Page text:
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Evidence for 3 quarks in protons

  1. Jan 15, 2009 #1
    I'm curious about the nature of the evidence for three quarks -- two up and one down -- in the proton. I assume the data is derived from high energy scattering experiments, and looking at the angles and momenta of the scattered particles. But I don't see how, from such experiments, one can say there are two ups and one down, rather than their simply existing in a ratio of 2:1. In other words, might there be six quarks rather than three (four up, two down)? Is the determination of three based more on theoretical arguments, rather than experimental data?
  2. jcsd
  3. Jan 15, 2009 #2
    Yours is a non-trivial question, indeed.

    Early scattering experiments at SLAC and CERN did reveal that there was a substructure of protons; these constituents were called "partons". Many physicists over the decades that followed asked the exact same question you did, whether or not these "partons" were indeed the same thing as the "quarks" of Gell-Mann's Eightfold Way.

    This question has been largely resolved due to ever-more accurate scattering experiments, but the answer is not that simple. It turns out that, depending on the scattering energy, you "see" not only the three quarks, but the products of gluons and quark-antiquark pairs exchanged between the quarks.

    That's all I have time to say for now, but a basic answer is "yes", experiment corroborates the basic 3-quark model (though things are a bit more tricky...)
  4. Jan 15, 2009 #3


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    The original argument for three quarks in baryons was the fact that this produced the stable spin 1/2 baryon octet and the lowest spin 3/2 baryon decuplet resonances. More quarks would lead to many more unobserved states.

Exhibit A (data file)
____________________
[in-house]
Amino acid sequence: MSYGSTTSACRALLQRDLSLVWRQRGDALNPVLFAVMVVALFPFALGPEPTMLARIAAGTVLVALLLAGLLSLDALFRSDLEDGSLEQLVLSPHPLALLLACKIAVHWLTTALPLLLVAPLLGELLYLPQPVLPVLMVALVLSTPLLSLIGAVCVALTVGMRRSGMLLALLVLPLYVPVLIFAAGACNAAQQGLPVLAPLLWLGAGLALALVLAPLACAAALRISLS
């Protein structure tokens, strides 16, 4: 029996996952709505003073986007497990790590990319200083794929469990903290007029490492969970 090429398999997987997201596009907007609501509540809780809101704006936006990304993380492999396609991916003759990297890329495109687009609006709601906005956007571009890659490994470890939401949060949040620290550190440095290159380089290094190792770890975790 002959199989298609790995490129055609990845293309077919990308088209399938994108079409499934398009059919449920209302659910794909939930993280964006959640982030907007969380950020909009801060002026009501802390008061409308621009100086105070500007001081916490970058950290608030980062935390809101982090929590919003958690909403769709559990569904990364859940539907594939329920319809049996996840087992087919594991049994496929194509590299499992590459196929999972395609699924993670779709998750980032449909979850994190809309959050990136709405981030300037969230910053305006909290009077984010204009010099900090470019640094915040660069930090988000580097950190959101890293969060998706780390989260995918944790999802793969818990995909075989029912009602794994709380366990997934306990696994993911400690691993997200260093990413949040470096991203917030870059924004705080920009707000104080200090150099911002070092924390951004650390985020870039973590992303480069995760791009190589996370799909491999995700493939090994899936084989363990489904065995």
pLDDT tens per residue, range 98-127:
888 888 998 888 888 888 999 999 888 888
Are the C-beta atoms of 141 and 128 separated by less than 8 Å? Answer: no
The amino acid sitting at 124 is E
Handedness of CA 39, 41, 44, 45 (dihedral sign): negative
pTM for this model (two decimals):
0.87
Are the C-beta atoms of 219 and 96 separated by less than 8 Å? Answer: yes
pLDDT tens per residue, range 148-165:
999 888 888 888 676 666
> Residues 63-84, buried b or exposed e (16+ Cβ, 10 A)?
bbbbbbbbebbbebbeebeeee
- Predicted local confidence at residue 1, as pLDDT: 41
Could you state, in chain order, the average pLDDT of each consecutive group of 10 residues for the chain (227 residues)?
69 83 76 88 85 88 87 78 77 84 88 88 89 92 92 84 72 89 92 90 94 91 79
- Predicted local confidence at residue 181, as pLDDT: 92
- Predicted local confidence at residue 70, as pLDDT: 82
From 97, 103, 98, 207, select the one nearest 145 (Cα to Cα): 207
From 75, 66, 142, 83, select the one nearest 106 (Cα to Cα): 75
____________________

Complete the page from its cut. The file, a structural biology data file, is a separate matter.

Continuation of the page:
5. Jan 15, 2009 #4
  6. Jan 15, 2009 #5
    Thanks, Sideways, Clem, and Humanino. Sideways' response was most suited to my level of (in)expertise, but I got something out of them all. (Clem's comment that six quarks would lead to more states than observed was enlightening.) I'll check out the "parton" ideas, and Gell-Mann's Eightfold Way. (The Nobel Lecture was over my head.)
  7. Jan 15, 2009 #6
    It should be emphasized that Clem correctly said "the original idea" for SU(3) color. One can study the possible representations of the groups that are compatible with the observed symmetry patterns in the spectrum, and come up with SU(3) flavor for u, d and s. Then, from here, one has to postulate a SU(3) color group for the observed states like [itex]\Delta^{++}[/itex]. But this still calls confirmation.
    The physical argument is given in page 734
    allows us to distinguish between quarks and antiquarks. By the same token, the Adler sum rule gives you the difference between the net number of u and d quarks.

    See also Quarks, partons and Quantum Chromodynamics par Jiˇr´ı Ch´yla
    Last edited: Jan 15, 2009
  8. Jan 16, 2009 #7
    Thanks, Humanino. The last link, to the 210-page book, is quite good (taking a novice from the ground up). And, actually, I've been scanning the Friedman lecture, and it gives me a feel, at least, for what's involved (and it's pretty involved!). But I have to tell you, I know next to nothing about all these groups and symmetries. My level of understanding is to imagine things banging together, rebounding, breaking up and perhaps interconverting to various extents. I'll be happy if I can grasp what is meant by the various proton and higher mass resonances (first paragraph of Friedman's essay).
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